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Could Powerwall help me go off grid? Looks way too small for my needs.

Discussion in 'Tesla Energy' started by MileHighMotoring, Jun 9, 2015.

  1. MileHighMotoring

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    I have a large home, but with careful energy auditing (lower power computer, TV, all LED bulbs, etc.) I've gotten my energy usage down to about 1500 kWh per month on average. My local utility doesn't provide any rebates, tax breaks, incentives, etc., so I'd get the 30% federal credit and if I wanted to do net metering, they're paying half what they charge for electricity.

    Anyway - I've wondered about installed a solar array large enough to go off-grid. Something around 12-13 kW solar should do it. But, we'd need a battery system for night time use. Given we use 1500 kwH/month, that's 50 kWh per day. So the 7 kWh Tesla Powerwall would only provide, at best, 5 hours of power. It seems that I'd really want 3 times that much battery if I wanted to go off-grid. Am I doing that math correctly? Maybe more to account for cloudy days, bad weather, etc. If I am thinking about this correctly it would never make sense for me to go off-grid.

    Thanks for your thoughts.
     
  2. cpa

    cpa Member

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    Mile High,

    I am NOT an EE. So, my only comment is my actual results with a puny 4.4 kW solar array. Your climate is likely diametrically different from ours, so your output will not scale linearly with ours. Our original installation was 2,600 watts and we generated between 4,000 and 4,250 kWh per year. We added another 1,900 watts when we bought our Tesla. Coming up on its first anniversary, and I believe that we will wind up with about 3,000 kWh +/-.

    We do have some trees that eclipse the sunlight in the late afternoons, and especially so come late September through late November when they finally fall to the ground. Our summers are likely much longer and hotter than yours, and efficiency of PV panels drops as temperatures increase. (It is not uncommon for our overnight "low" to be 73-79 degrees.) Normal winters for us (i.e., not in drought conditions) have a lot of high clouds or tule fog that really reduces output from late December through mid-February. Days with dense tule fog have resulted in less than 1kWh generated for a full 10-11 hour day.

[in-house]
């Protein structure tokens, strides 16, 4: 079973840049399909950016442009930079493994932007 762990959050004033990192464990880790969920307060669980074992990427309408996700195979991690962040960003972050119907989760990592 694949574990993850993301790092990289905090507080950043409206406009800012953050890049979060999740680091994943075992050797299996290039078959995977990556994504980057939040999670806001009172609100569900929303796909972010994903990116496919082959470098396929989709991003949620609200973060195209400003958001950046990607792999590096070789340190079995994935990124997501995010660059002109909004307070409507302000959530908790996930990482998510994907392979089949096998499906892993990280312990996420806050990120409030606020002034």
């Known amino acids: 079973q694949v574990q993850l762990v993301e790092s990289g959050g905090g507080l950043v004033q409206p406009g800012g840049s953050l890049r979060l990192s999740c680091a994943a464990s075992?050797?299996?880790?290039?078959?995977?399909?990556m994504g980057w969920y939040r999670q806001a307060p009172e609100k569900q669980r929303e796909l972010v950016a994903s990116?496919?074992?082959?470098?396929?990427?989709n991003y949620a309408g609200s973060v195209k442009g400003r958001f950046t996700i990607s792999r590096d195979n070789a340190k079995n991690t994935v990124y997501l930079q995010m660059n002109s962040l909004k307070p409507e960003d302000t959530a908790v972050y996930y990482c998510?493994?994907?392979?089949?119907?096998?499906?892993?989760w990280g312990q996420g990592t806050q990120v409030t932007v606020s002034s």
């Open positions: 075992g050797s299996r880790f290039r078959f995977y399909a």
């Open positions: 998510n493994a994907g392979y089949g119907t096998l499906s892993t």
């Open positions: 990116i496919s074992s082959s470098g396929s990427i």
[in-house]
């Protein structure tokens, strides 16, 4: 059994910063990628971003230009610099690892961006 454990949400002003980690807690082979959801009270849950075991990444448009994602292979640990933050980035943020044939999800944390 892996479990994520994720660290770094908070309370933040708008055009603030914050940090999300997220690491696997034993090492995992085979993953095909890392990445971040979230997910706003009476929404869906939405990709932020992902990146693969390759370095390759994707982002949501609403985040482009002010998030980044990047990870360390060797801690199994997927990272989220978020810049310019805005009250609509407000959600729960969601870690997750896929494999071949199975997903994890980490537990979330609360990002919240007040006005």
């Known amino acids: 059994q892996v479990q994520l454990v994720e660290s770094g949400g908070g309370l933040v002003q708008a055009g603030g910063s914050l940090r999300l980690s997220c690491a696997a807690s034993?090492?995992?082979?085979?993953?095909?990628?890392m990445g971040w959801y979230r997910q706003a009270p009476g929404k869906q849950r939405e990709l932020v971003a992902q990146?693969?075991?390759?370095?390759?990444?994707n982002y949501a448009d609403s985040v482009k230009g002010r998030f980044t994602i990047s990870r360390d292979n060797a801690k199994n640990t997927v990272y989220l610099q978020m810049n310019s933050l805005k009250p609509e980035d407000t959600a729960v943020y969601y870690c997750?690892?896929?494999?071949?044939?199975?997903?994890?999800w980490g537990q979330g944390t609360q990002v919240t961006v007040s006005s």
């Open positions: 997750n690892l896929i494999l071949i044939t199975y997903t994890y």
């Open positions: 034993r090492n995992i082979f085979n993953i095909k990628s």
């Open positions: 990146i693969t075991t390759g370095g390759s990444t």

Good luck, and I hope this helps you understand a little better!

    We try to mind our usage, but still wind up with an annual balance due under the Net Metering Program of $250-$300 per year. This is approximately 1,800 to 2,000 kWh purchased from our good buddies at Pacific Gas & Electric.
     
  3. miimura

    miimura Active Member

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    If you already have a grid connection, you should keep it. With a system that is designed for being off grid, you can prevent the solar from feeding back into the grid, but only go into the batteries and powering loads inside your house. Then, when the batteries get too low due to higher energy usage or weather-induced poor solar production, the system maintains the minimum battery level from the grid. This way, you never give away your solar generation at a low feed-in price, but you don't have to go crazy big on the batteries or solar to make it through low production times. The main drawback is that you will have to pay the minimum monthly fee for the grid connection even when you're not using it.